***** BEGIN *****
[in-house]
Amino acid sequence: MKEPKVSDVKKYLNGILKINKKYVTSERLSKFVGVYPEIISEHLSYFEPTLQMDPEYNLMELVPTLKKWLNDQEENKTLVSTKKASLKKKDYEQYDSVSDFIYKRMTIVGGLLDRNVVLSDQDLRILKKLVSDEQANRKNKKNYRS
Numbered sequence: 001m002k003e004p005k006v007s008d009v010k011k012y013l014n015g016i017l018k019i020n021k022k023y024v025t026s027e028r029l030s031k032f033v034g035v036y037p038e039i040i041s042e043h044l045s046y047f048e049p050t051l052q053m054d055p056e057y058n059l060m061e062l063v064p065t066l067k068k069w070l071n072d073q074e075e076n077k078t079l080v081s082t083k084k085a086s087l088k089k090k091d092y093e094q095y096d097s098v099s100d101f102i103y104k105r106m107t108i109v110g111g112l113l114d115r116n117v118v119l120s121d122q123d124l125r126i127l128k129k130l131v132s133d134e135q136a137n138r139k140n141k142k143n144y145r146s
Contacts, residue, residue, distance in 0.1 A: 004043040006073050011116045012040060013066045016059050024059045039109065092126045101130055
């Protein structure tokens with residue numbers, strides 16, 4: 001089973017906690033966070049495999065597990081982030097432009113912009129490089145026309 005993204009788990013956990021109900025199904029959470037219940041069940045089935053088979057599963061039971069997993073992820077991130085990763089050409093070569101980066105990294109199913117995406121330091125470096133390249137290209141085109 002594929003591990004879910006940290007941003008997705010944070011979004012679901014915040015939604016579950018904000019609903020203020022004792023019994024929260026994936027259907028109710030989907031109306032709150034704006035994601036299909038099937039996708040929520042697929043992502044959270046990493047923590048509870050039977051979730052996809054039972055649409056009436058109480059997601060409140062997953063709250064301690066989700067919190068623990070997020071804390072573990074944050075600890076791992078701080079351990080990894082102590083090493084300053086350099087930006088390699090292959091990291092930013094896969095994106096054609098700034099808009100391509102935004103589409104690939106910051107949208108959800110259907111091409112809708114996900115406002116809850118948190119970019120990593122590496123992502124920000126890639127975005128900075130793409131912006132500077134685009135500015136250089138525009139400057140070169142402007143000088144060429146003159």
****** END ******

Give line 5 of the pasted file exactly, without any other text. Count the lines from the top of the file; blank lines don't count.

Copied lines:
């Protein structure tokens with residue numbers, strides 16, 4: 001089973017906690033966070049495999065597990081982030097432009113912009129490089145026309 005993204009788990013956990021109900025199904029959470037219940041069940045089935053088979057599963061039971069997993073992820077991130085990763089050409093070569101980066105990294109199913117995406121330091125470096133390249137290209141085109 002594929003591990004879910006940290007941003008997705010944070011979004012679901014915040015939604016579950018904000019609903020203020022004792023019994024929260026994936027259907028109710030989907031109306032709150034704006035994601036299909038099937039996708040929520042697929043992502044959270046990493047923590048509870050039977051979730052996809054039972055649409056009436058109480059997601060409140062997953063709250064301690066989700067919190068623990070997020071804390072573990074944050075600890076791992078701080079351990080990894082102590083090493084300053086350099087930006088390699090292959091990291092930013094896969095994106096054609098700034099808009100391509102935004103589409104690939106910051107949208108959800110259907111091409112809708114996900115406002116809850118948190119970019120990593122590496123992502124920000126890639127975005128900075130793409131912006132500077134685009135500015136250089138525009139400057140070169142402007143000088144060429146003159």